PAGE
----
Leon Business Solutions (LBS), launched their consumer finance and credit-issuing portfolio and quickly realized their new start-up call center needed an outbound VoIP solution to replace their traditional landline service. The new solution needed to be inexpensive yet expandable to accommodate the rapid growth of the call center. It also needed to be capable of converting analog and digital systems into feature-rich VoIP telecommunications that would manage collections, as well as integrate into the backbone of their central operations in order to generate automatic calls for each customer account.
After researching several big box options that did not fit into their start-up operational budget, Asterisk, sponsored by Digium, proved why it is the most widely used do-it-yourself telephony platform in the world. Asterisk is a free, open source telecommunications framework used internationally by telecom technicians, in-house IT, and communications managers to build affordable telephone solutions for businesses and organizations of all sizes. By transforming an ordinary computer into a communications server, Asterisk powers IP PBX systems, VoIP gateways, and conference servers.
LBS, based out of the capital city of Harare, in eastern Africa, has 70 employees with additional locations in Gweru, Bulawayo, and Bindura — all in Zimbabwe. It had become too difficult to interface the conference center phones with the traditional phone system; and adding new lines was a long, cumbersome process with the service provider. According to Edmore Veremu, head of LBS technology, the company uses open source technology to power basic operations, but their Call Center Project committee wanted to begin their research by looking first at big box telecommunication solutions.
“We got quotes on a variety of VoIP systems, including an Avaya, but they were all too expensive and the implementation would be too costly,” Veremu explains. “As a technician who has always liked using open source for customizing operations, I started looking for an open source solution I knew would be both a viable and more affordable alternative.”
Veremu admits he was not familiar with Asterisk when he started his search, but upon reading about it, knew he could build what they needed. Once the final decision was made, he says their biggest challenge with the implementation and the familiarization of Asterisk was the time it required.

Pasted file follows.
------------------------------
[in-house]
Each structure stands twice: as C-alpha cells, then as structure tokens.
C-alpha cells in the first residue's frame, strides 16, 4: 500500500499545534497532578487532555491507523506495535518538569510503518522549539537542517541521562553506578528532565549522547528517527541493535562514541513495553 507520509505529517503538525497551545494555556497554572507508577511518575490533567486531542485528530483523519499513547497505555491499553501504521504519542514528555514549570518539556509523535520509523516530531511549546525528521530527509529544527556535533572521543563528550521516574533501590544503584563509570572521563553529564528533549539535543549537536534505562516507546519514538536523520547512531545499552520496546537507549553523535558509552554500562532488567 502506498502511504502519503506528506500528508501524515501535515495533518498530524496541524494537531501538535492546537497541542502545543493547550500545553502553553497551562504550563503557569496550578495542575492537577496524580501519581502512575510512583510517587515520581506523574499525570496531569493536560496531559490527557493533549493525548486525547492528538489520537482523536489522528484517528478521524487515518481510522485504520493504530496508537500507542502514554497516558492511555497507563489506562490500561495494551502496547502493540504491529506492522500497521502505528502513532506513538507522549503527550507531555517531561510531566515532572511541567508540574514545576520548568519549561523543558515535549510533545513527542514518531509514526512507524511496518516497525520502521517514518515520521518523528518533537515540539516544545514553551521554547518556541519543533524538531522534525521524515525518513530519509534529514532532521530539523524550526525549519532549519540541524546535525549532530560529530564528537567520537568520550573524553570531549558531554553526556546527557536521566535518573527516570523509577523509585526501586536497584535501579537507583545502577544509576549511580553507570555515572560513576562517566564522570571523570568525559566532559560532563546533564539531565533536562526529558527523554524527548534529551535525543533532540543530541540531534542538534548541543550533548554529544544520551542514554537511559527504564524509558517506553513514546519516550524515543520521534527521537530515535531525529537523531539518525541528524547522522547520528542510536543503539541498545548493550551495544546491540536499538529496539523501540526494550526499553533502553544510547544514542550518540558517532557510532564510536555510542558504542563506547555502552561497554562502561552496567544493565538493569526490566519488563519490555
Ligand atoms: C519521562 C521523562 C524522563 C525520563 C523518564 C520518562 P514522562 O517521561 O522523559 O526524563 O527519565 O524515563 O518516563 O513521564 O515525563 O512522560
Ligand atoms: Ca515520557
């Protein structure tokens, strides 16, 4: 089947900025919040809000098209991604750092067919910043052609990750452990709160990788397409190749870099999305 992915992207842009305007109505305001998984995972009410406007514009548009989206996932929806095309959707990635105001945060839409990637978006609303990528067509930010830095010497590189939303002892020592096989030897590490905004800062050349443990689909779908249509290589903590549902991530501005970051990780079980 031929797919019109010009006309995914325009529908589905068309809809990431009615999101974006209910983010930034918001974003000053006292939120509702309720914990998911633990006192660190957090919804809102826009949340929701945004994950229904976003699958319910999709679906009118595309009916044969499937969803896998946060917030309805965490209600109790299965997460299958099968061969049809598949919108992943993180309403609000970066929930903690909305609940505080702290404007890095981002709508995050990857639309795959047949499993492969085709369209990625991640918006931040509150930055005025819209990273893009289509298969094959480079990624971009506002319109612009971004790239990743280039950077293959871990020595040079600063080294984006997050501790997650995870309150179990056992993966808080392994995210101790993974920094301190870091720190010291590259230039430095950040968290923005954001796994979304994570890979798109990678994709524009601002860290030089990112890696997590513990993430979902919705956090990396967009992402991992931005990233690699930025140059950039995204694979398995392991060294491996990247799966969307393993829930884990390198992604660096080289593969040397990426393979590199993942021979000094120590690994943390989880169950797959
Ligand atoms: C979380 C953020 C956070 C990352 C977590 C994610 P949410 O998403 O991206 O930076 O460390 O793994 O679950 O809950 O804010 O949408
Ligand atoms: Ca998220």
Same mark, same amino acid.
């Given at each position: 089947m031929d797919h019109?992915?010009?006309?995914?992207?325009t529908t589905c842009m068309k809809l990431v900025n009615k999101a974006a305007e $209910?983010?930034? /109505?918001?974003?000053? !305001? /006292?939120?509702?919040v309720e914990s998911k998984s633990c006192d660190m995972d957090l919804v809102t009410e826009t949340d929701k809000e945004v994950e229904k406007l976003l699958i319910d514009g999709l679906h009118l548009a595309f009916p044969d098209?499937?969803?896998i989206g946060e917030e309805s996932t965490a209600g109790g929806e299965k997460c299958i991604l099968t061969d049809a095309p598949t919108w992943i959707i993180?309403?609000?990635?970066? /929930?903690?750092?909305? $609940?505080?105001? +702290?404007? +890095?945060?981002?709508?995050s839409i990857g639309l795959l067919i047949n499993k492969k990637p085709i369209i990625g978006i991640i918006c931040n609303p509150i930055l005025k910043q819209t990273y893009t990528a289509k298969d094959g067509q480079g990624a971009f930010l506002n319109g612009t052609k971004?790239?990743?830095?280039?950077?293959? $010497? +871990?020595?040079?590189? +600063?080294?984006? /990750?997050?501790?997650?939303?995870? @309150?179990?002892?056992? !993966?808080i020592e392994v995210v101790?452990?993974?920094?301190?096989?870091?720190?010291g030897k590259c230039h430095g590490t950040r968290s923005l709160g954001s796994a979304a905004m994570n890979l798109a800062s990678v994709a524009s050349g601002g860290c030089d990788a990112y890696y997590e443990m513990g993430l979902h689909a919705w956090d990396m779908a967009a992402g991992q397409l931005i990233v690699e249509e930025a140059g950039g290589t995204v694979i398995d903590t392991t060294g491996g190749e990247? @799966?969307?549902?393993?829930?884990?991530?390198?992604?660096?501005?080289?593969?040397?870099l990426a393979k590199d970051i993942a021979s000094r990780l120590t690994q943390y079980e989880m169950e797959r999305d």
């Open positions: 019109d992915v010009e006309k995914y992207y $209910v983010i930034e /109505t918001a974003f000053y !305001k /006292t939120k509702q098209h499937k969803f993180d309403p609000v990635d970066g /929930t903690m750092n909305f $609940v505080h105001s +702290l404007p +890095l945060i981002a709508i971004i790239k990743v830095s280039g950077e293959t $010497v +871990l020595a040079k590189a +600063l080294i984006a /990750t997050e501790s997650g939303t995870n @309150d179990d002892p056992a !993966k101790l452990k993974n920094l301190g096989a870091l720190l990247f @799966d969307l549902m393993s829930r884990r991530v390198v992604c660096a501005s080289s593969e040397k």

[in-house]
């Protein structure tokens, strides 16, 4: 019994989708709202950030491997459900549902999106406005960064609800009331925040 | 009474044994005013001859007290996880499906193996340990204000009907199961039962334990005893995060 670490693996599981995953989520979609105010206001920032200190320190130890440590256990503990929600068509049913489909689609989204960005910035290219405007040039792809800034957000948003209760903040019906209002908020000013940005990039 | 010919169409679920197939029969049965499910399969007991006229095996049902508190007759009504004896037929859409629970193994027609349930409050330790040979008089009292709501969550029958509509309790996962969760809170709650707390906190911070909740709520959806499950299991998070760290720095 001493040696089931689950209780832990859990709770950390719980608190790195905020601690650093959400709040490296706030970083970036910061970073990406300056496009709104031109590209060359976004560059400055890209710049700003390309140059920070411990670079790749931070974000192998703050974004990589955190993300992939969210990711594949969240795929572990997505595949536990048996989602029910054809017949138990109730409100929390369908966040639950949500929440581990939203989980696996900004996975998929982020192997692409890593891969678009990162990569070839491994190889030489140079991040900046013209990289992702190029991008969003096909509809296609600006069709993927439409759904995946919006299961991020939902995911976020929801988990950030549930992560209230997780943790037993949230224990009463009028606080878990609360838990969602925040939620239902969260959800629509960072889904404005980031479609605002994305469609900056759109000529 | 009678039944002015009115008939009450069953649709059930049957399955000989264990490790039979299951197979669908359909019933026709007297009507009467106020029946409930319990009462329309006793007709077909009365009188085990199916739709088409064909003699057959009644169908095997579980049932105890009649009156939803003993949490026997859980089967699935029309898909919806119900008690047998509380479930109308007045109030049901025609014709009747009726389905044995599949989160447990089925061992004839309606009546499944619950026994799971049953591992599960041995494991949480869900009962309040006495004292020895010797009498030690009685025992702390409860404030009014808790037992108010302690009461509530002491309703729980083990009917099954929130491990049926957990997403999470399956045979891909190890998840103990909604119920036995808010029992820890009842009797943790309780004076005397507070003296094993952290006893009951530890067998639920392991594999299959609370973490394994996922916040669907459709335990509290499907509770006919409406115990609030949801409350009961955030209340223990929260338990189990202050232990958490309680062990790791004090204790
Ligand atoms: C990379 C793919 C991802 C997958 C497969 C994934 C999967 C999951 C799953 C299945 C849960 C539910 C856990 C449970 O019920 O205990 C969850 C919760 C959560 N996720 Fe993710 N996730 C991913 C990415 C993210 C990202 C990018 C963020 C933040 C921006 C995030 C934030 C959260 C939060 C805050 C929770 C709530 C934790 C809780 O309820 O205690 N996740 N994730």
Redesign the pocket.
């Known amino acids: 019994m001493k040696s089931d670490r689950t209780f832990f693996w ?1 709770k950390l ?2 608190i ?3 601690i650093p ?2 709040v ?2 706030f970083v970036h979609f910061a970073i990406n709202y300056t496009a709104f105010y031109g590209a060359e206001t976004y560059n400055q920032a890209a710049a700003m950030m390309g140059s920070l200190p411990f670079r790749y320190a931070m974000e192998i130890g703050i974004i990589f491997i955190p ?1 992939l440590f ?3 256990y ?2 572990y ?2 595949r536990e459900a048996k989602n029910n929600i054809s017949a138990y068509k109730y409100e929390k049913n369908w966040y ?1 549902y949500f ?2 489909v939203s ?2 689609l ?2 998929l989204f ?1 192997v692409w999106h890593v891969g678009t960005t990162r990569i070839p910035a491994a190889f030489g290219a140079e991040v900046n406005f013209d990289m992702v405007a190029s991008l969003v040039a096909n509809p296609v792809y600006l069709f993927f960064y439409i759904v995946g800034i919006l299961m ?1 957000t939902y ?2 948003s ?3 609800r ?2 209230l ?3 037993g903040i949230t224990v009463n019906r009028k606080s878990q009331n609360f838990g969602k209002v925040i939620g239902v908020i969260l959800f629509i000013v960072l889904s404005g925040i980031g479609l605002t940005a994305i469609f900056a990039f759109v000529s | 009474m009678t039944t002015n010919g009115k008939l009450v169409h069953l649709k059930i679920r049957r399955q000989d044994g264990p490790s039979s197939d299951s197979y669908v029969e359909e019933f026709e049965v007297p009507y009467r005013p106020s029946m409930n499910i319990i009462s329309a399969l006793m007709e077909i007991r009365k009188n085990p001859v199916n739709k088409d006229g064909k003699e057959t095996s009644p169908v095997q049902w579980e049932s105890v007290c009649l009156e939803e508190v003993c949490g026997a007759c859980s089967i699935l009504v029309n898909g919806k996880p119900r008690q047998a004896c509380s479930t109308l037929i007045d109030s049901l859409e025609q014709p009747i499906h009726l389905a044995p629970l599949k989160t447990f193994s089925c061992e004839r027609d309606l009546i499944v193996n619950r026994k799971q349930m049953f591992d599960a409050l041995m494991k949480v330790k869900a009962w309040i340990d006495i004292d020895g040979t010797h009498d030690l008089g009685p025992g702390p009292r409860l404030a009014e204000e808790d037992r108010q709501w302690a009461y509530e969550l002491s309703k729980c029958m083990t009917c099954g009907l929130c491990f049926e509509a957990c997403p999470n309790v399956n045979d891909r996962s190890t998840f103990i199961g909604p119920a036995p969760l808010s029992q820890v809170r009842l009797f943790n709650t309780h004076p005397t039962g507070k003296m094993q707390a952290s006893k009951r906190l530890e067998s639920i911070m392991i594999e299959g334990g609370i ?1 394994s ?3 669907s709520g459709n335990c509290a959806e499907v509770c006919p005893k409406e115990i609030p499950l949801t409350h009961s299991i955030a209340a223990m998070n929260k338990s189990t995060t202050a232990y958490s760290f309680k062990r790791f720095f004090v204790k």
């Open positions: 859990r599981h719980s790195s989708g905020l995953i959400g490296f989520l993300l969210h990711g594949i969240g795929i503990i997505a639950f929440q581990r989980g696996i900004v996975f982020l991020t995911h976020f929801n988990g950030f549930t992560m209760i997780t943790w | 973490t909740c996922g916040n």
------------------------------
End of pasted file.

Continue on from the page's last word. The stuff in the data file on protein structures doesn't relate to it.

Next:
“There was a learning curve involved with Asterisk, but the amount of money we saved more than made up for it,” he says. “We saved more than $100,000 by not buying an off-the-shelf solution, including thousands in annual licensing fees and on infrastructure changes required in building a VoIP network from our base systems. Also, in terms of monthly costs, our calling costs declined from 0.15 per minute to 0.9 per minute.”
LBS first installed a designated server configured with Asterisk at their headquarters in Harare, adding a back-up server for redundancy so that they don’t lose phone service in the event of a catastrophic system failure.
They then created a Virtual Private Network (VPN) with a fiber link between LBS and their service provider; and interfaced that with their core operating system, eXcom, using call files. From there, they integrated with their call center retail payment and processing platform and their 3CX client.
Finally, they set up 25 extensions with new HD headsets and two telecommunications trunks, a method for providing network access to multiple clients by sharing a set of lines instead of providing them individually.
“We now have Automatic Calling and Call Recording, which we did not have before,” says Veremu. “There were also a couple of surprises we hadn’t thought about until the Asterisk system was in place, like video and Short Message Service (SMS).”
Furthermore, the new Asterisk-based telecom system eliminates prior problems. “We no longer have disputes with customers who deny their payment commitments, now that LBS has recordings of those conversations; we no longer have problems dialing and redialing because Asterisk does all that for us. And most importantly, there was a smooth integration of our core operational system with Asterisk calling capabilities, which is exactly what we needed!”